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A federal appellate court upheld a lower ruling striking down Oklahoma's same-sex marriage ban on Friday.
A three-judge panel of the 10th U.S. Circuit Court of Appeals ruled much in the same way back in June when Utah appealed a federal judge's decision to strike down their gay marriage ban.
The appellate court ruled on Friday that Oklahoma's ban is unconstitutional, USA Today reports.
"Oklahoma's ban on same-sex marriage sweeps too broadly in that it denies a fundamental right to all same-sex couples who seek to marry or to have their marriages recognized regardless of their child-rearing ambitions," Judge Carlos Lucero wrote.
Much like in Utah, the ruling won't take effect immediately as the court stayed their ruling to allow the state to either appeal to a full court or take it to the U.S. Supreme Court, much like Utah has decided to do.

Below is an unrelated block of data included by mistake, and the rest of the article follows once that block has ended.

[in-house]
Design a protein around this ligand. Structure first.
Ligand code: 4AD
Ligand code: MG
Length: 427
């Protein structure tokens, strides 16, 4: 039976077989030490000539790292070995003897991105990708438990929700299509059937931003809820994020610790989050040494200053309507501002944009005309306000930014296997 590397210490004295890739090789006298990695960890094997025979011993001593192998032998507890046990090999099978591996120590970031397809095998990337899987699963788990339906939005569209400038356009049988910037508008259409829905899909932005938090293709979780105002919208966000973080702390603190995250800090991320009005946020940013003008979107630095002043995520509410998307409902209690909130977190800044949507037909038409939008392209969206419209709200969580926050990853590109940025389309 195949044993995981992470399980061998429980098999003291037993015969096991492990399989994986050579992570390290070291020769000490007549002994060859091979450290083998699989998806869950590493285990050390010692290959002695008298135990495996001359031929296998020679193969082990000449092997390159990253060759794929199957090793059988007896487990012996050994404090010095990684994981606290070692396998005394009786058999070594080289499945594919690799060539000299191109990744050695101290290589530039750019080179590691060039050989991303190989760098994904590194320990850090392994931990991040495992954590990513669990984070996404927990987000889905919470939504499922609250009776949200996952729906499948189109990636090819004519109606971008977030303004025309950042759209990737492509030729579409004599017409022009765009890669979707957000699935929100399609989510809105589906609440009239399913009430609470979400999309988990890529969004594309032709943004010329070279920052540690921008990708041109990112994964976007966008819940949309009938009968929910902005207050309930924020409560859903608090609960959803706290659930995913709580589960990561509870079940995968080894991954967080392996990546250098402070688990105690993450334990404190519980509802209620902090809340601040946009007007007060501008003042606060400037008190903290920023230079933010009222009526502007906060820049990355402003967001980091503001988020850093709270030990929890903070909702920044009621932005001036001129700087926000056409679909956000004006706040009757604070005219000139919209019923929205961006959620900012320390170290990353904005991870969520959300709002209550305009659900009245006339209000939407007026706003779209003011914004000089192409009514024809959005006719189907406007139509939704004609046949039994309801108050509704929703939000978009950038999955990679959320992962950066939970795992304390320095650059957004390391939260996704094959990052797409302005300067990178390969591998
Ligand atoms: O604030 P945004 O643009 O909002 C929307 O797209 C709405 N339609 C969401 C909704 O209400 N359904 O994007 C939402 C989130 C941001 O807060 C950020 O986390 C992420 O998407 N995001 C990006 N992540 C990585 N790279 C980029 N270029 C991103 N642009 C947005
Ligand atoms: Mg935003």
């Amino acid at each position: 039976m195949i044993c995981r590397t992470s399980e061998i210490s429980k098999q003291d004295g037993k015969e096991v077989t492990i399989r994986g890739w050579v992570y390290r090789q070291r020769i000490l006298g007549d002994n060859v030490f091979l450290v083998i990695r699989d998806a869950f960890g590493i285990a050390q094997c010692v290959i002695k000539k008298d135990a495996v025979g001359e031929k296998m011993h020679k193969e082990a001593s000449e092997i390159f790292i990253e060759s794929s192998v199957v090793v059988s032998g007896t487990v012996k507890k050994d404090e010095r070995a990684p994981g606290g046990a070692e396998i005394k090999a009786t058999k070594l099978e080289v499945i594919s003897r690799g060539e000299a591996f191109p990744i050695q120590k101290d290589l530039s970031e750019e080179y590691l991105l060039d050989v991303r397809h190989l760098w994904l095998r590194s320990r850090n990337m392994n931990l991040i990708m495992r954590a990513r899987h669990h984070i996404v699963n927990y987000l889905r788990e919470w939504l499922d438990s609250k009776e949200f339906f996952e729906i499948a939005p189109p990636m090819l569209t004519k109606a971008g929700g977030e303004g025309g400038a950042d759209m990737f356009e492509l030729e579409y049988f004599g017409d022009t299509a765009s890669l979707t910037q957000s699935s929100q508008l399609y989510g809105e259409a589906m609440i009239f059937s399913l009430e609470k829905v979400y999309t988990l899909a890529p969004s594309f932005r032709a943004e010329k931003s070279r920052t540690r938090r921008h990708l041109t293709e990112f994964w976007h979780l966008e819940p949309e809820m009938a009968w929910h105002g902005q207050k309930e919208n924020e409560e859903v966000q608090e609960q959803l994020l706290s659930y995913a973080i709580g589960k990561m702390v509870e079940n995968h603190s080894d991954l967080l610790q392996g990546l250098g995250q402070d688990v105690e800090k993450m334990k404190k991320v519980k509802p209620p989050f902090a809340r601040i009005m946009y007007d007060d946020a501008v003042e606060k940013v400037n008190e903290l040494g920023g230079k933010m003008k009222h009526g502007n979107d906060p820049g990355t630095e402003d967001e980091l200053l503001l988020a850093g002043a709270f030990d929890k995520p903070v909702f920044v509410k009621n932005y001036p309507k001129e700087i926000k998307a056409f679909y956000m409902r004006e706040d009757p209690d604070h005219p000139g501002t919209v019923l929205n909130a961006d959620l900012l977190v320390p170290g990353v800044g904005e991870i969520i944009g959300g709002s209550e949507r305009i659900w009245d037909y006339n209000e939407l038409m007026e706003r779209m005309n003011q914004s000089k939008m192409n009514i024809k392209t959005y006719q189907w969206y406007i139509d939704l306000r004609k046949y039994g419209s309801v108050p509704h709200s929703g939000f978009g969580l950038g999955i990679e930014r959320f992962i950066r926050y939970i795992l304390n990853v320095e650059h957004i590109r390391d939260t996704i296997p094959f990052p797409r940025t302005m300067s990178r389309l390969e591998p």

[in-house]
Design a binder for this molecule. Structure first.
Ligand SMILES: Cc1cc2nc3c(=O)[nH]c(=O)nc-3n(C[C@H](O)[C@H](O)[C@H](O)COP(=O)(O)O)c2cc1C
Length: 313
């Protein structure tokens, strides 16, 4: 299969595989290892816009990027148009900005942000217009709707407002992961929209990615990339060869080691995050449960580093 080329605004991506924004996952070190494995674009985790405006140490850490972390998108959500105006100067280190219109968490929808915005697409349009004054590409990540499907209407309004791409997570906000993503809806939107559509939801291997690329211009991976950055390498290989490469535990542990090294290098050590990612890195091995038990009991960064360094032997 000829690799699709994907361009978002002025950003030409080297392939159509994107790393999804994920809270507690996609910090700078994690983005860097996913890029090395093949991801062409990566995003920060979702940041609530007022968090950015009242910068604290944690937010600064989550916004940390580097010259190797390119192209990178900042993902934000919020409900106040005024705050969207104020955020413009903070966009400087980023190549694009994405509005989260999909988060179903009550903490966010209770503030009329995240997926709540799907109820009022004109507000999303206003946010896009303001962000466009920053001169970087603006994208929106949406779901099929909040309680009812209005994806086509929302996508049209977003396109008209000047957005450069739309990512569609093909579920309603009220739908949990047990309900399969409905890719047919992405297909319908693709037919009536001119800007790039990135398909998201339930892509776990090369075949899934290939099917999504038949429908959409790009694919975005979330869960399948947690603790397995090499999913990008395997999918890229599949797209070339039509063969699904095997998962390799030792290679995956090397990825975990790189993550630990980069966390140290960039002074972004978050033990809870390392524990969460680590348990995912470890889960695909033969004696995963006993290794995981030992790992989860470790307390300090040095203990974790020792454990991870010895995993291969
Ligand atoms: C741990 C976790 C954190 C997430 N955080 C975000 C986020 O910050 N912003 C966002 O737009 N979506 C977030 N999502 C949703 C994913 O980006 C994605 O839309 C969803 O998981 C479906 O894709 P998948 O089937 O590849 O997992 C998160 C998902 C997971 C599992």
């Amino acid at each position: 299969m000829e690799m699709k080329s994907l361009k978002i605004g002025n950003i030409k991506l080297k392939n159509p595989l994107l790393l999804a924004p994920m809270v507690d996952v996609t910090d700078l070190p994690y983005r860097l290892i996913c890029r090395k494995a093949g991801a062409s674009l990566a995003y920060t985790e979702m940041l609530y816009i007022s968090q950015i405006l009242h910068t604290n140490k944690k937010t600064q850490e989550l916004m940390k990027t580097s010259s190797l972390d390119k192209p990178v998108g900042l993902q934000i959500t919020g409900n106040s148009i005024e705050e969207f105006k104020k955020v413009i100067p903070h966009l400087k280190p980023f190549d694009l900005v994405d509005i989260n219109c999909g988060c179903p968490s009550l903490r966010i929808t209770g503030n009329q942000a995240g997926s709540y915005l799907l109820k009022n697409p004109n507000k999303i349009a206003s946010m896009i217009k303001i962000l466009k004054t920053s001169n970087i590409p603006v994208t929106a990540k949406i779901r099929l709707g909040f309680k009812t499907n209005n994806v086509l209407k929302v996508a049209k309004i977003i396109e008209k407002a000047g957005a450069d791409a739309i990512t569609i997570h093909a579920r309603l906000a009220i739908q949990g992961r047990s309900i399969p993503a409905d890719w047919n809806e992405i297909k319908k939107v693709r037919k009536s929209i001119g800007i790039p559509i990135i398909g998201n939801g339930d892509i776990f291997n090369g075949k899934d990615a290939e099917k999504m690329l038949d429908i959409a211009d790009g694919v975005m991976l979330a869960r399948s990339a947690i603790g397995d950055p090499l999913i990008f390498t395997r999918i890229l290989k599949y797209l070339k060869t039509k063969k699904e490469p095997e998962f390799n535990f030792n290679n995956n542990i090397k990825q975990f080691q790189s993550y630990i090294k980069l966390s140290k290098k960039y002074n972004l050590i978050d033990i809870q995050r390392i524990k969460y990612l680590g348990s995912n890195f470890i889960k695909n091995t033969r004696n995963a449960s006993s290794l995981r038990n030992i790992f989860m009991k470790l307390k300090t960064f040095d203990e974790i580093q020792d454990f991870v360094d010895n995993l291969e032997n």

For the first time, the court's decision wasn't unanimous, with Judge Paul Kelly dissenting over the view that the state should have the right to decide on the definition of marriage. Reuters notes that the ban was approved in 2004 by 76 percent of voters in the state.
Gov. Mary Fallin decried the ruling and noted the state will appeal. "Today's ruling is another instance of federal courts ignoring the will of the people and trampling on the right of states to govern themselves."
The lawsuit against the ban came the same year it was approved by two lesbian couples who say they have been harmed by it.